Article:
Not on the High Street founder recalls moment she feared losing home | Personal Finance | Finance


She said: “I could always remember it was Christmas and we were funding Not on the High Street through our credit card chequebooks at the time. “I was maybe going to lose my home and I had a very young child and we had risked it all.

She started the brand from her kitchen table in 2006, growing it to a multimillion-pound firm.

It now employs more than 200 people and has helped some of its own sellers reach that magic million-pound mark.

Ms Tucker continued: “Well, we grew Not on the High Street and it was phenomenal.

“Collectively, it’s pumped £1 billion into our small business community, so over that period of time our small businesses – that’s 5000 small businesses we have – have received over that period of time, £1 billion.


“Now when I think back to Sophie [her business partner] and me persuading people that this was going to change the face of a retail you know we did it, you know we did it.

“I’m so happy that we created it but what I’m so happy about is the small businesses that never let us down, that were so creative.

“And in turn have gone on to have phenomenal lives too. You know it it’s just a beautiful story.”

Ms Tucker started her advertising career at 20 years old, working as an account manager in London with prestigious clients such as L’Oréal.

However, after a year, Ms Tucker was forced to dramatically slow down after learning she had an inoperable brain tumour. This led to her having to quit her job.

It was during her hardest times that Ms Tucker developed the motivation which has brought her so far today.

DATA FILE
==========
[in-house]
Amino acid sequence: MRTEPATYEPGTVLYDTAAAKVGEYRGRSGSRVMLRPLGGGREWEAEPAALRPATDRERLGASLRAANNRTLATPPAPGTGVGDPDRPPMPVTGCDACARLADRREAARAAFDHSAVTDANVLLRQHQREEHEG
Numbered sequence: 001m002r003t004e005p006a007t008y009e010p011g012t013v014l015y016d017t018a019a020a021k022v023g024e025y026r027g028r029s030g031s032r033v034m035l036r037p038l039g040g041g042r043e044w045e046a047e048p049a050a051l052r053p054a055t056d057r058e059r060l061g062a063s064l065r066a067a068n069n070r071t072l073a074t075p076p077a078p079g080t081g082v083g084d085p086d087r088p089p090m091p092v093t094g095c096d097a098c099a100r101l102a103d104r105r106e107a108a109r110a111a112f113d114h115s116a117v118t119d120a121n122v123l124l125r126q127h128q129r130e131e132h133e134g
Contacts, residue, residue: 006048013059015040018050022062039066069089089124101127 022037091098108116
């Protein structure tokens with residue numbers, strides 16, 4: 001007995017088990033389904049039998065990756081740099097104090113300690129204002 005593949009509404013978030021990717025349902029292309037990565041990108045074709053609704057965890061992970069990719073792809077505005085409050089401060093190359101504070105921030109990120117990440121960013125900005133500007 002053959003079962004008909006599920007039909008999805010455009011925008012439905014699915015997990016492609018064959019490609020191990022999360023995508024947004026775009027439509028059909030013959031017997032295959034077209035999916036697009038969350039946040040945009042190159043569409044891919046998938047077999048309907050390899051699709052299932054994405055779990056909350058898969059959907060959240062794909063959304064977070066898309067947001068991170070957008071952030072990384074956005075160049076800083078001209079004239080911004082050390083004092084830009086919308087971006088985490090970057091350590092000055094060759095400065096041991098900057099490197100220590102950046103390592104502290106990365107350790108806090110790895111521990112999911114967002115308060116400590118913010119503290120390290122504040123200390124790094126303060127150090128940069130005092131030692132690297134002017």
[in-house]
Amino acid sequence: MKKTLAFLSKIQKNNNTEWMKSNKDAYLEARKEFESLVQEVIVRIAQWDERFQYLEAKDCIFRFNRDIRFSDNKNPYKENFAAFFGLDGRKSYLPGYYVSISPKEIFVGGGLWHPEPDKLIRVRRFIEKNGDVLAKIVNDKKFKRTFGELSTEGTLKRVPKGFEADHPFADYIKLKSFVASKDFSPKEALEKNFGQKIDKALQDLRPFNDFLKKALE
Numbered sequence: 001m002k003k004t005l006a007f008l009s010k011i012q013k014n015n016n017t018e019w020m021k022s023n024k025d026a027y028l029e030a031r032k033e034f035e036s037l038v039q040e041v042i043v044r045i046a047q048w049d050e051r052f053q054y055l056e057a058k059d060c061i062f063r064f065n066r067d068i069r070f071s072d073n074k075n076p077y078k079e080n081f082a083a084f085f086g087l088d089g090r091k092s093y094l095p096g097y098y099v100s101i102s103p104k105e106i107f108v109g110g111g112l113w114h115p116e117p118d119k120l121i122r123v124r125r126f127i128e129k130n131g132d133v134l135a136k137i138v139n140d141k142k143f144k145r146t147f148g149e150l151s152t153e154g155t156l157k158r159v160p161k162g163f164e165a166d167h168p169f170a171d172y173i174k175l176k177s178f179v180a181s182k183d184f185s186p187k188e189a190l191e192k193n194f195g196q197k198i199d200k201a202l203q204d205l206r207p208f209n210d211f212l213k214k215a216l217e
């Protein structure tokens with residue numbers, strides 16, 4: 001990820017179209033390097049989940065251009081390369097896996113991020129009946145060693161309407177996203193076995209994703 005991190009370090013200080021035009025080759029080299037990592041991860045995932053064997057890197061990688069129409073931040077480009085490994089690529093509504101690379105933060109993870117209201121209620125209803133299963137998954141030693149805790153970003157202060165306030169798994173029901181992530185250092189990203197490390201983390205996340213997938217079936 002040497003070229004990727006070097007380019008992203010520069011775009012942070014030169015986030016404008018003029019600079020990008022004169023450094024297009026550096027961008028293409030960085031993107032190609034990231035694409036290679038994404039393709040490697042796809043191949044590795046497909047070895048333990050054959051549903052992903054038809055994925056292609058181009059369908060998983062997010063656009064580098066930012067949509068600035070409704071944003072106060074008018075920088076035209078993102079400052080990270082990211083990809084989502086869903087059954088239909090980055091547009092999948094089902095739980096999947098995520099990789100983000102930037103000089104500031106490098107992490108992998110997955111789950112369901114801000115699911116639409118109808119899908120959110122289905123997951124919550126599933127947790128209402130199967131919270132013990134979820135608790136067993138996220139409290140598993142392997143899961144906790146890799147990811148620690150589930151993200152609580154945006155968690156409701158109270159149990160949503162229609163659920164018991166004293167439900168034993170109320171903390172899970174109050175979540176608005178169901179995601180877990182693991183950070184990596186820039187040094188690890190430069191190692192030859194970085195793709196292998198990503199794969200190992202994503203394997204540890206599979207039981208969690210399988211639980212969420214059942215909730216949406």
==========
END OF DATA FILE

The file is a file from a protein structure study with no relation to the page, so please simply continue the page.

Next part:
As a distraction she started making wreaths out of vegetables.

Thankfully, Ms Tucker got better, and started to sell these wreaths more seriously.

Struggling to find venues to sell her creations, Ms Tucker decided to organise a fair for small businesses in Chiswick, West London.

More than 100 businesses signed up, so she began organising many more. Whilst doing these, she realised that the success of the fairs was dependent on weather.
The amount of people that would turn up to the fairs would decrease if it rained the roof leaked. “When it rained, when it poured, you name it, people wouldn’t turn up,” she added.

So, with her friend Sophie Cornish, in 2006, Ms Tucker launched Not On The High Street – a website where small businesses can sell their products.

At that time, it was the only online marketplace in the world apart from Amazon and eBay.

Within a decade the pair, who have been awarded MBEs for their achievements, were running a multimillion-pound enterprise, employing more than 200 people, with around 200 of the tens of thousands of small businesses signed up hitting an annual turnover of £1 million.

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